HL Deb 26 October 1982 vol 435 cc409-12

3.26 p.m.

The Minister of State, Northern Ireland Office (The Earl of Cowrie) rose to move, That the draft order laid before the House on 7th July be approved.

The noble Earl said: My Lords, the main purpose of this order is to bring the system of enforcing planning control in Northern Ireland further into line with that in the rest of the United Kingdom. In addition, it reflects changes in the planning code which were introduced in England and Wales by the Local Government Planning and Land Act 1980 and by the Local Government and Planning (Amendment) Act 1981.

As my honourable friend the Parliamentary Under-Secretary of State with responsibility for the Department of the Environment for Northern Ireland has already explained in another place, the order is intended simply to reduce delay and improve flexibility in the planning enforcement process. One of the principal changes (contained in Articles 8 and 10) is to transfer the responsibility for dealing with appeals against enforcement notices and against listed building enforcement notices from the magistrates' courts to the Planning Appeals Commission. Under the existing system an unauthorised developer in Northern Ireland can oppose an enforcement notice by submitting a planning application, appealing the refusal to the Planning Appeals Commission and then appealing to the courts against the enforcement notice itself. This double appeal system can enable a developer to continue with an unauthorised activity, which may have a very damaging effect upon the amenity of an area, for some considerable time. There has also been some considerable confusion as to the responsibilities of the two appellate bodies.

It was to resolve this problem that enforcement appeals were removed from the courts in Great Britain. Under the new procedure, an enforcement appeal to the Planning Appeals Commission would he deemed to include a planning application, so that planning merits could be fully considered. Any current appeal against a refusal of planning permission in respect of the same development would be dealt with at the same time. This change would bring Northern Ireland towards the situation in Great Britain, where appeals against both planning decisions and enforcement notices lie to the same authority, the Secretary of State.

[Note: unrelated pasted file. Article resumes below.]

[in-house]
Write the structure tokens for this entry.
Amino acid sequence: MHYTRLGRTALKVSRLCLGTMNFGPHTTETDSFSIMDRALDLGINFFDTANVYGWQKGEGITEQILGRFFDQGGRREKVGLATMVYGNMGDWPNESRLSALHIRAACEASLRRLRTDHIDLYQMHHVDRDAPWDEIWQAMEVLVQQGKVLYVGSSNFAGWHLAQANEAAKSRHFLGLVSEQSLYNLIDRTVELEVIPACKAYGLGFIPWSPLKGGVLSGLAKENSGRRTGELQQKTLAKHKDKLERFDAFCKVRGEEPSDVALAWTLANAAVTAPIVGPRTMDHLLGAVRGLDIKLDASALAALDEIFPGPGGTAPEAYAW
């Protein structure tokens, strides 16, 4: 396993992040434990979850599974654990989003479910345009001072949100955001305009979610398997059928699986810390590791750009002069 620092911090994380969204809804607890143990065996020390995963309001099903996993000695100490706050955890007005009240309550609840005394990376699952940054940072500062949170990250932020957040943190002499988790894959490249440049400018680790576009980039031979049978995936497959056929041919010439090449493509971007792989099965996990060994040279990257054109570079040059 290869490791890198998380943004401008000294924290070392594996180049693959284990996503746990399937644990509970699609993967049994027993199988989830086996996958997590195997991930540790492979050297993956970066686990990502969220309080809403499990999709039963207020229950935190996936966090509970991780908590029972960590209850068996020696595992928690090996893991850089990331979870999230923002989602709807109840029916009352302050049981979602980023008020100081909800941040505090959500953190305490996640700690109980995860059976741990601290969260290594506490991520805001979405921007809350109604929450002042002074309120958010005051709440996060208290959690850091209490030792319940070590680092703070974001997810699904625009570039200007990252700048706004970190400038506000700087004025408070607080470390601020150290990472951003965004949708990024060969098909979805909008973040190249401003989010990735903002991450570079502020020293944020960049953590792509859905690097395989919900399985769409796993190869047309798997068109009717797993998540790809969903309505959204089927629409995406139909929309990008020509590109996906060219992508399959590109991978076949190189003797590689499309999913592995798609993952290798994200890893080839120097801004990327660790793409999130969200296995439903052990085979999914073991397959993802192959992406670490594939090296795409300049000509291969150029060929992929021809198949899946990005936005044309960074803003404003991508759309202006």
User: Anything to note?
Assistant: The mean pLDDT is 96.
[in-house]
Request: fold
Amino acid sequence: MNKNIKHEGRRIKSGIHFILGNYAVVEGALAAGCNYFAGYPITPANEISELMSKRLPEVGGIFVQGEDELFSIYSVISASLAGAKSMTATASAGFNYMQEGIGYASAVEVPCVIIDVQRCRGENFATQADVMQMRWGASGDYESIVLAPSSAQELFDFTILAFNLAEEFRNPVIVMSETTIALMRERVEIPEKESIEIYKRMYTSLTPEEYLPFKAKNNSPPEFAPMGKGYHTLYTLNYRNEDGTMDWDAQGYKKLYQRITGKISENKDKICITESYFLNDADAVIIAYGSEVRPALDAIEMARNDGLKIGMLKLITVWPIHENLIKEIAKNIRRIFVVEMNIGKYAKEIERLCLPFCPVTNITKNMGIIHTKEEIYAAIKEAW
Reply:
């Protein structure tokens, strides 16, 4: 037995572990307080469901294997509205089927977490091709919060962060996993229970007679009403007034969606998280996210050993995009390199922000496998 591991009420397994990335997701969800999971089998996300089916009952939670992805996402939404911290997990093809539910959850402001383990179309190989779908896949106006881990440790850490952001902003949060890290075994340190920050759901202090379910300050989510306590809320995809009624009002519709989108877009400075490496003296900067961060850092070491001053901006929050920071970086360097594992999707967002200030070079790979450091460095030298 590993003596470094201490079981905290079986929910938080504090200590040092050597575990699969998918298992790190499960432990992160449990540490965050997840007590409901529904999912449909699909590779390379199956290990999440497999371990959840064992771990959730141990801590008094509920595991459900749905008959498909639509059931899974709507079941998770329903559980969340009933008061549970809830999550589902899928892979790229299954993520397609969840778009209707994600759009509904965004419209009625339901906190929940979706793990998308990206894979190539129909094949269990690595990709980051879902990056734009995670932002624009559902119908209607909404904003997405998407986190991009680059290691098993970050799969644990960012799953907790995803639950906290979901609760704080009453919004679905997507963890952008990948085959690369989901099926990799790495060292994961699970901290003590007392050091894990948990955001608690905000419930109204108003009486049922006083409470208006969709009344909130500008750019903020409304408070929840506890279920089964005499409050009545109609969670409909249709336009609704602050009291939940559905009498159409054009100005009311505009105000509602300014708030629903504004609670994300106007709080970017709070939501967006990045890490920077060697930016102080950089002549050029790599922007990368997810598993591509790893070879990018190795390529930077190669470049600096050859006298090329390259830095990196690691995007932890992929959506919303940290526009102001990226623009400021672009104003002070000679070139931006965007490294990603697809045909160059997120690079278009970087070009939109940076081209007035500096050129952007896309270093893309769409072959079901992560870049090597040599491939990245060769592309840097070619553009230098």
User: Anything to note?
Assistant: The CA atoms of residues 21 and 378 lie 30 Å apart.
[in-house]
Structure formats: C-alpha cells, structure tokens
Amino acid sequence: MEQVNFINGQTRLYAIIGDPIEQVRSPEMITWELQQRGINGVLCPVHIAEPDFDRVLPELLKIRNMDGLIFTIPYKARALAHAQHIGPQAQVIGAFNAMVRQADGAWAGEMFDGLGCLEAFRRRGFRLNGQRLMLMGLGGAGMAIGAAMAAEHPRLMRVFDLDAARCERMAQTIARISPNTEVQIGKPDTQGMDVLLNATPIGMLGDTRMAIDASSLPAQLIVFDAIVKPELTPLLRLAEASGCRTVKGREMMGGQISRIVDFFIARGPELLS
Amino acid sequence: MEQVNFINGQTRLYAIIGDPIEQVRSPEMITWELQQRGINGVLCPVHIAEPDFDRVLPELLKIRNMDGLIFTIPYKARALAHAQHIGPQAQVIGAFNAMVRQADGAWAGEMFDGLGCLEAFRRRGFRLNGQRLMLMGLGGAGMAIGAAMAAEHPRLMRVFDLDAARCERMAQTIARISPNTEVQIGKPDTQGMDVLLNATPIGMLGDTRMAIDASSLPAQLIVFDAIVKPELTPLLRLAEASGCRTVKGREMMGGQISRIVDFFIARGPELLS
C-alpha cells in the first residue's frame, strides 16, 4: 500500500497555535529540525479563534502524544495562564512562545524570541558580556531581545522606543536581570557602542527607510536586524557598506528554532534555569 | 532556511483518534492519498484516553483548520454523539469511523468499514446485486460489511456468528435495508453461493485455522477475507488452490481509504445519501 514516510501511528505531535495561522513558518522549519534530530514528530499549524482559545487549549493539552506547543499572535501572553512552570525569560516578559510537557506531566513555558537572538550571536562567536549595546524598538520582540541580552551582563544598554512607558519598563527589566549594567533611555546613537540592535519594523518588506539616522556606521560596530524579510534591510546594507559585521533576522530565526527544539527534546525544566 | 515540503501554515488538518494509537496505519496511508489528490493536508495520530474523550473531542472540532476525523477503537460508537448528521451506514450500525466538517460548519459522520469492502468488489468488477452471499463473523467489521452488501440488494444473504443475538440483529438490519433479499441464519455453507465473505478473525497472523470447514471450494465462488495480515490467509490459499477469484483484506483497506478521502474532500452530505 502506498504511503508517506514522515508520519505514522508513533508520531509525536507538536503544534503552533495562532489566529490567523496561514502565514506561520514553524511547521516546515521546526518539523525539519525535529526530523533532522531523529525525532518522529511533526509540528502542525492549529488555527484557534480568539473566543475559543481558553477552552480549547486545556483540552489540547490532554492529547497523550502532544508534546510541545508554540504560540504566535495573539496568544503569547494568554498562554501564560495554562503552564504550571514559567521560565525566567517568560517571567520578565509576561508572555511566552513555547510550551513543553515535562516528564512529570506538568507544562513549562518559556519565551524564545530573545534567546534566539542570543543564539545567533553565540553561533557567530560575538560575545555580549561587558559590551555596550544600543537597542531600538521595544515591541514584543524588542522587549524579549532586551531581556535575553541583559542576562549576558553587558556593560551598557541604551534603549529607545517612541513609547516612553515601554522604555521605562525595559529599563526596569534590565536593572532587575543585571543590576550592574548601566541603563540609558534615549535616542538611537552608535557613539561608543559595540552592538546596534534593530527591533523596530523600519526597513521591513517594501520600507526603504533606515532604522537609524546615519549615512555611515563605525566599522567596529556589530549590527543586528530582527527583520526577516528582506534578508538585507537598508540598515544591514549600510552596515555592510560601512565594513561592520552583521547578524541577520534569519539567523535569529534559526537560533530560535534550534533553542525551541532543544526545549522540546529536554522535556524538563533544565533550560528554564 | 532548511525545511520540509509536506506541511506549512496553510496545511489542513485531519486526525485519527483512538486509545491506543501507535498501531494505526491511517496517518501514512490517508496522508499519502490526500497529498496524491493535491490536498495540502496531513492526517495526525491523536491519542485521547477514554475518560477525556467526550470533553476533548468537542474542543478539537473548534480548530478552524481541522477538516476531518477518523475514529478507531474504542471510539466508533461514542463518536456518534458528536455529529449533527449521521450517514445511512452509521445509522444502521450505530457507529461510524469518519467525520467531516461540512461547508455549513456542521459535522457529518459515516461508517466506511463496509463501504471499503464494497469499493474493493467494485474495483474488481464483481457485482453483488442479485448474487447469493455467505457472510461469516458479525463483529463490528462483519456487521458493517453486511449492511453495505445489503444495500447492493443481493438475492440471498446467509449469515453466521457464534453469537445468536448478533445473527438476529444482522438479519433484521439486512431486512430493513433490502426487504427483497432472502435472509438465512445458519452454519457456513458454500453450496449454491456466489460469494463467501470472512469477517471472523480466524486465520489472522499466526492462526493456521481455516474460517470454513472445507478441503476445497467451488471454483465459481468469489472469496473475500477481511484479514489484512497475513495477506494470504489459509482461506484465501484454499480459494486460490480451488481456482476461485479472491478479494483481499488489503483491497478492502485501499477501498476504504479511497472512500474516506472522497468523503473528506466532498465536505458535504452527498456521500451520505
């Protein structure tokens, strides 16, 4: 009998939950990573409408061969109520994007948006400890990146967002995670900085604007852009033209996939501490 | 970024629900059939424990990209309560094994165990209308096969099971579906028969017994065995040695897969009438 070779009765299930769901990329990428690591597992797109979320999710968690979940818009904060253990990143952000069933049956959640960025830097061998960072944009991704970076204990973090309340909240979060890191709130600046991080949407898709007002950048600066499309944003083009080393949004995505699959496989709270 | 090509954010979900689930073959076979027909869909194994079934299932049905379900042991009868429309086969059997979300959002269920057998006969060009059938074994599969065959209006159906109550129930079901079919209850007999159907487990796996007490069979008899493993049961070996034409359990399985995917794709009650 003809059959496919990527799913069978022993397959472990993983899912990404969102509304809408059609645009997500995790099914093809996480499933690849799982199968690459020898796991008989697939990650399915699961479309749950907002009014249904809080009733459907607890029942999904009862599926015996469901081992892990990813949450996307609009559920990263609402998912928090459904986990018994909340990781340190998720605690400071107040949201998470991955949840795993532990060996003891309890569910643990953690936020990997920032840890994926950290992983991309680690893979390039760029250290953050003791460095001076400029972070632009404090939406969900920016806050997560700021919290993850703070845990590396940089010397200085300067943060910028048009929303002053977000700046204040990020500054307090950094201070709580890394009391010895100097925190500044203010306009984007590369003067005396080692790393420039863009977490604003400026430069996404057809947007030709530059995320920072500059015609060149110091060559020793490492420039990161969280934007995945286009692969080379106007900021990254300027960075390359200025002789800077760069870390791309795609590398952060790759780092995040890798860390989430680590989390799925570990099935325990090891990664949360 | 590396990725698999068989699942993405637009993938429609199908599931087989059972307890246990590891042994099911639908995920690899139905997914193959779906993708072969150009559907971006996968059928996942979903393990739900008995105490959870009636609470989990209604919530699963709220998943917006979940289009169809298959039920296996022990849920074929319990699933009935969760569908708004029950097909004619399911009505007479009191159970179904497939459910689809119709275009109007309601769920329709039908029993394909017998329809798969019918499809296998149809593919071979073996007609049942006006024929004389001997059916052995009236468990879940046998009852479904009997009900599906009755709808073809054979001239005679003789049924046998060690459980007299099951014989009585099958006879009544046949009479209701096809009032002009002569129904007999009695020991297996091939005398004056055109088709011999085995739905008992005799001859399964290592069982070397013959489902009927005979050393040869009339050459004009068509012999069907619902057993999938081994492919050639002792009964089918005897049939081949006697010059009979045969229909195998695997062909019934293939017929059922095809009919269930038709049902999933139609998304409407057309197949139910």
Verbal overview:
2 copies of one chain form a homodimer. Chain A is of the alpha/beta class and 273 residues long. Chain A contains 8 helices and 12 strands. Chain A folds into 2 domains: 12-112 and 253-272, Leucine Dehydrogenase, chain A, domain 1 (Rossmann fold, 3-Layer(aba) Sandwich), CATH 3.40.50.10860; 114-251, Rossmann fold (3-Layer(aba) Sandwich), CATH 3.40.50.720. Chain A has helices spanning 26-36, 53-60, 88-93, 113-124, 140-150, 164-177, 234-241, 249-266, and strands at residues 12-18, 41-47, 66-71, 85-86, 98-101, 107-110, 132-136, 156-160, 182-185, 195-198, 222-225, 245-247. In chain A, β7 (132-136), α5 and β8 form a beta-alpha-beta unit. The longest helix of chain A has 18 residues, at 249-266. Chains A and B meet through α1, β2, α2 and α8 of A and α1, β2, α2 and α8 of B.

The draft order proposes a number of other changes with respect to listed buildings, one example being the requirement, placed by Article 6 upon the Department of the Environment in Northern Ireland as planning authority, to consider the effect of a proposed development, not only on the listed building itself but also on its setting. I would remind the House that Northern Ireland is one of the most beautiful parts of the kingdom and one of the most beautiful parts of the island of Ireland; it has many splendid buildings, and we want to look after them.

The draft order (at Article 15) also contains an important proposal to enable the department to take out a summons within three years of the commission of certain offences, instead of within six months, as at present. This would deal with a problem which arises out of Article 19 of the Magistrates' Courts (Northern Ireland) Order 1981, which prohibits proceedings being initiated in the magistrates' court more than six months after the end of the period specified for compliance with a planning enforcement notice. The six months' rule no longer applies in England and Wales to any offence which is subject to either summary trial in the magistrates' court or subject to an indictment. The order also provides (through Article 3) for a new right of appeal. Where the department has refused any consent required by a condition imposed on a planning permission, the applicant will be able to appeal to the Planning Appeals Commission. There is no right of appeal at present. Such consents normally relate to matters such as the layout of a car park or the use of premises at unsocial hours.